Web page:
However, I love training with other women, and I am fortunate to be in a school where there are several other women who train. Women seem to have a natural ability and spirit, which is something my Sensei told me during the three years that it took him to get me on the mat. I didn’t believe him then, but I certainly do now. I just wish more women would train in some form of martial art, but I know how intimidating it is to walk into a male dominated Dojo. .

Which is why I began teaching self defense classes for women only. It’s a lot less intimidating for women to enter a safe and fun environment, learn from another woman who’s been around the block a few times, and also knows her way around the mat. It’s an idea that came to me early in my training, and something that developed through the years.

During the course of my training, I became acquainted with a group of men that practice an art that is different from mine but has similar roots. I’ve been invited to their seminars and workshops and have attended several of them. Even though I was from another discipline, I was always invited, and they continue to update me on upcoming events.

Since they always keep me in their circle I sent them my information regarding my women’s self defense classes. I thought they might be interested in what I was doing, and I’m sure they know plenty of ladies who would like to learn a few things to protect themselves. I received a terse response from one of their instructors.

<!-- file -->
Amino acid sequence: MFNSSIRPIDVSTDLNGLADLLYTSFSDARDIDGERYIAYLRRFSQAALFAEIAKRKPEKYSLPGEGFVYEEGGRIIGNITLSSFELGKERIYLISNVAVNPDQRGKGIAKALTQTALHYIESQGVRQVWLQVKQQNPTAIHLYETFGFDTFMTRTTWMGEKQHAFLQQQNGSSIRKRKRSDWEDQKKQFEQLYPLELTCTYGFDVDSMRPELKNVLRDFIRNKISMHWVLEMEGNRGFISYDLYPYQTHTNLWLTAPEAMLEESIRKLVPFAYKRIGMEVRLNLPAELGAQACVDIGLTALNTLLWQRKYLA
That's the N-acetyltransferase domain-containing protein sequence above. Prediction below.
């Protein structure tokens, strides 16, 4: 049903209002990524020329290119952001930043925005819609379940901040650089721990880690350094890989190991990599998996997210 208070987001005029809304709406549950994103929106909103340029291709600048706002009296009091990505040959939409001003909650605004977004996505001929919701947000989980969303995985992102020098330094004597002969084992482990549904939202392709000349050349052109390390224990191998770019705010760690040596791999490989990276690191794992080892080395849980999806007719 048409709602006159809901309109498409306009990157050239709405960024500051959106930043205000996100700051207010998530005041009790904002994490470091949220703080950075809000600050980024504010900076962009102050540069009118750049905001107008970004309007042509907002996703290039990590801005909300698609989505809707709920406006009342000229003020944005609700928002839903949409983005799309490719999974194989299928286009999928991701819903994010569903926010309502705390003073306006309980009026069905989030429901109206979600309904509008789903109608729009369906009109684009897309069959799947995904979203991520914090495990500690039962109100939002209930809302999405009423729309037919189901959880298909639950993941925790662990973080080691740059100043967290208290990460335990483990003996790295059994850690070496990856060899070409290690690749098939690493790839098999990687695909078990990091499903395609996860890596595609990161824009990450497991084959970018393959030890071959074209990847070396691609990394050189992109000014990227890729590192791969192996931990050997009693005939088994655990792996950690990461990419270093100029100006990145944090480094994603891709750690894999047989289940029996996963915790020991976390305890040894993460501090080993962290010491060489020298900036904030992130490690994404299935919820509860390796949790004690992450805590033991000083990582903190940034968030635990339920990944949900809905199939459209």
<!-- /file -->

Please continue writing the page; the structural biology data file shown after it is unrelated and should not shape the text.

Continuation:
He told me, “Well, we don’t have any women students, and I do teach men and women.” I giggled. If they have no women in their school, how could he possibly teach them? And, if they did have women in their school, why would those women need of a basic self defense class? That’s just silly. Then I wondered why they didn’t have any women in their school.

He informed me that the lineage of our arts are different. Of course, I’ve always known that. So has he. He concluded by telling me that while he has the utmost respect for my art, he must follow directives which strictly forbid cross training between us. Yikes! I wish I had known that before I took their training seminars. If I had known I was engaging in an activity that was strictly forbidden, I would have enjoyed it more. It would have been even more fun, and I would have felt a little naughty.

I guess the flow of information is a one way street. How disappointing. Even more disappointing is the women who may have benefited from just a few classes who will now never receive this information. I understand that he was trying to protect his territory. But, he doesn’t understand is that I am trying to protect women. Or at least teach them how to protect themselves.

The ability to learn how to defend yourself should be easily and appropriately available to everyone, regardless of their age, gender, level of ability and personal belief system. We should be encouraging those who are vulnerable to find their power and strength, not holding them back because some one’s ego got in the way.  Hmmm, maybe that’s the reason there aren’t any women in their school.